§ 120.52(14), Fla. Stat. (1975), defines "rule" as follows:

    "`Rule' means each agency statement of general applicability that implements, interprets, or prescribes law or policy or describes the organization, procedure, or practice requirements of an agency and includes the amendment or repeal of a rule. The term does not include:
    (a) Internal management memoranda which do not affect either the private interests of any person or any plan or procedure important to the public,
    (b) * * *
    (c) * * *"

    If, as a threshold question, the hearing officer must determine whether or not the particular directive or guideline is a rule under the above definition before he can arrive at the question of whether or not it has been validly adopted as a rule, we do not consider that such act does violence to the doctrine of separation of powers when the ruling complies with the due process requirements set forth in the statute with judicial review available as provided therein. We find such to be a quasi-judicial function.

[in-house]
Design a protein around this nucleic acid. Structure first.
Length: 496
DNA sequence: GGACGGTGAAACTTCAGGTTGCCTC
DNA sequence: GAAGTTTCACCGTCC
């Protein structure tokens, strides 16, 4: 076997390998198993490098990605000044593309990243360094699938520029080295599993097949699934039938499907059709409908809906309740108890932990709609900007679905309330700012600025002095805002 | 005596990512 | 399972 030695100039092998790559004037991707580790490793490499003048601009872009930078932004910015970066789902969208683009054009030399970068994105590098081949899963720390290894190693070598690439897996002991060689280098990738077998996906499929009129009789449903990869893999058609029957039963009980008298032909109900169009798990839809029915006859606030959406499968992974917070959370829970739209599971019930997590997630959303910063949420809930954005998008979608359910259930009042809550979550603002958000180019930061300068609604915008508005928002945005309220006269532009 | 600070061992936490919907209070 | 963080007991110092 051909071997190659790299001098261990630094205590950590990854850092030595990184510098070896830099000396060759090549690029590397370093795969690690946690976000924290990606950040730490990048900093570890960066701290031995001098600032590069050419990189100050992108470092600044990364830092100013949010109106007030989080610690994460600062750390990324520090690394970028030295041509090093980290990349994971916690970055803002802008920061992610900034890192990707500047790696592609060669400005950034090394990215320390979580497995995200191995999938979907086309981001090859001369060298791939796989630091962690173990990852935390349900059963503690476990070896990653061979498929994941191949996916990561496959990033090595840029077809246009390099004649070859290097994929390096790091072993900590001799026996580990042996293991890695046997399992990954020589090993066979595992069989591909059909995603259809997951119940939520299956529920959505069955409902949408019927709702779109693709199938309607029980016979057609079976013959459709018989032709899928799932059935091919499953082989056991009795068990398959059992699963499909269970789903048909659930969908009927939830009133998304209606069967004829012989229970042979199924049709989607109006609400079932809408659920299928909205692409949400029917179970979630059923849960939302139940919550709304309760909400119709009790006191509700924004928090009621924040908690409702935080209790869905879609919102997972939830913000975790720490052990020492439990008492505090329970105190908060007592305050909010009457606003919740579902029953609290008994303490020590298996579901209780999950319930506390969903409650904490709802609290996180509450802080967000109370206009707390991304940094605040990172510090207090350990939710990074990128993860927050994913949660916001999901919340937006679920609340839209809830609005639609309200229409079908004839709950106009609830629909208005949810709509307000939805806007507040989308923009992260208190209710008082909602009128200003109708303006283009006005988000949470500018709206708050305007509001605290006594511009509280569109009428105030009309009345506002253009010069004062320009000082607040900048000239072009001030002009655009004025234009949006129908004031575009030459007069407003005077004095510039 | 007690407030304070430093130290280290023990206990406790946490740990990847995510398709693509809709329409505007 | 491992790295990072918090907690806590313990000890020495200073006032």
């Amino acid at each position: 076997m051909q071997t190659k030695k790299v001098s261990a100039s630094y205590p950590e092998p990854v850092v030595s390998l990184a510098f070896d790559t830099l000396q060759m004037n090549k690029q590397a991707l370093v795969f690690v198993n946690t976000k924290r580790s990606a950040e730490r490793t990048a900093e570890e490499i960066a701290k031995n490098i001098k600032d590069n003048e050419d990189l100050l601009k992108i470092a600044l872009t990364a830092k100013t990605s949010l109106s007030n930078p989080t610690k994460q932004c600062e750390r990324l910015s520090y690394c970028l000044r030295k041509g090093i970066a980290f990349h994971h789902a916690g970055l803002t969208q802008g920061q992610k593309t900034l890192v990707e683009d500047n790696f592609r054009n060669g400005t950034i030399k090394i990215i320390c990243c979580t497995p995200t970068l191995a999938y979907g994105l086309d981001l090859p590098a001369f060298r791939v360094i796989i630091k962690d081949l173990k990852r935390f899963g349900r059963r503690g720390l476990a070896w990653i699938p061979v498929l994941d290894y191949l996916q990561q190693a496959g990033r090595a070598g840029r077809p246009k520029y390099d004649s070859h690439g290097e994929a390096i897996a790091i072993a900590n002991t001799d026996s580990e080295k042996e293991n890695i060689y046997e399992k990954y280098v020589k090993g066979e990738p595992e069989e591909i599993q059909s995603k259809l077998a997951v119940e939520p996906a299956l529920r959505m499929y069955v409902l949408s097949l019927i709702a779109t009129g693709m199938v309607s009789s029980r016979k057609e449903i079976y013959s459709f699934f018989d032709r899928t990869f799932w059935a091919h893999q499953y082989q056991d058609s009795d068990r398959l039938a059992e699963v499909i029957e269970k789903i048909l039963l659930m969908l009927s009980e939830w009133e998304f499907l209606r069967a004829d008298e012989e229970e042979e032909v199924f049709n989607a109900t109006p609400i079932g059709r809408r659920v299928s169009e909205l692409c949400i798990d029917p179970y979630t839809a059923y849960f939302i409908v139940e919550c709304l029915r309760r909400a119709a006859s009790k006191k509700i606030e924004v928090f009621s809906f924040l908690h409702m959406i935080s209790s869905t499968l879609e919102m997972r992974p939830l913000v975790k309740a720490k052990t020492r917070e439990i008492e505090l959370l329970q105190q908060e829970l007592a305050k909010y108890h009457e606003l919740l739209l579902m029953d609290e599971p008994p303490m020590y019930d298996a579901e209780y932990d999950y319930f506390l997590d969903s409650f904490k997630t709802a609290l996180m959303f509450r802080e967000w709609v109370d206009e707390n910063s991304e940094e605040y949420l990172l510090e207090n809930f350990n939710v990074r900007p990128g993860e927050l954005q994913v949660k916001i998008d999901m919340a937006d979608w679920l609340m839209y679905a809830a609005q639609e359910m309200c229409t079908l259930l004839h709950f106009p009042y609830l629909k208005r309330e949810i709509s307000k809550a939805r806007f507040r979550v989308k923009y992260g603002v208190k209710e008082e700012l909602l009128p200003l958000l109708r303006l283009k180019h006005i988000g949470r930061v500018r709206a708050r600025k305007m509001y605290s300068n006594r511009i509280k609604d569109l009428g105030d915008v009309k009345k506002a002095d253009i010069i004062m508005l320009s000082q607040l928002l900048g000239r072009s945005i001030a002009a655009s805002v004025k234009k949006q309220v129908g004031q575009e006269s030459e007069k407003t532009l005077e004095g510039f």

Kenneth Culp Davis in his "Administrative Law Treatise," in discussing the doctrine of separation of powers in relation to the administrative process, said:

    "In the organic arrangements that we have been making in recent decades in the establishment and control of administrative agencies, the principle that has guided us is the principle of check, not the principle of separation of powers. We have had little or no concern for avoiding a mixture of three or more kinds of powers in the same agency; we have had much concern for avoiding or minimizing unchecked power. The very identifying badge of the modern administrative agency has become the combination of judicial power (adjudication) with legislative power (rule making). But we have taken pains to see that the agencies report to and draw their funds from our legislative bodies, that the personnel of the agencies are appointed and reappointed by the executive, and that the residual power of check remains in the judiciary. As long as we continue to emphasize the principle of check, we may safely continue our increasingly deep-seated habit of allowing the blending of three or more kinds of power in the same agency." K. Davis, Administrative Law Treatise, Vol. 1, p. 68 (1958).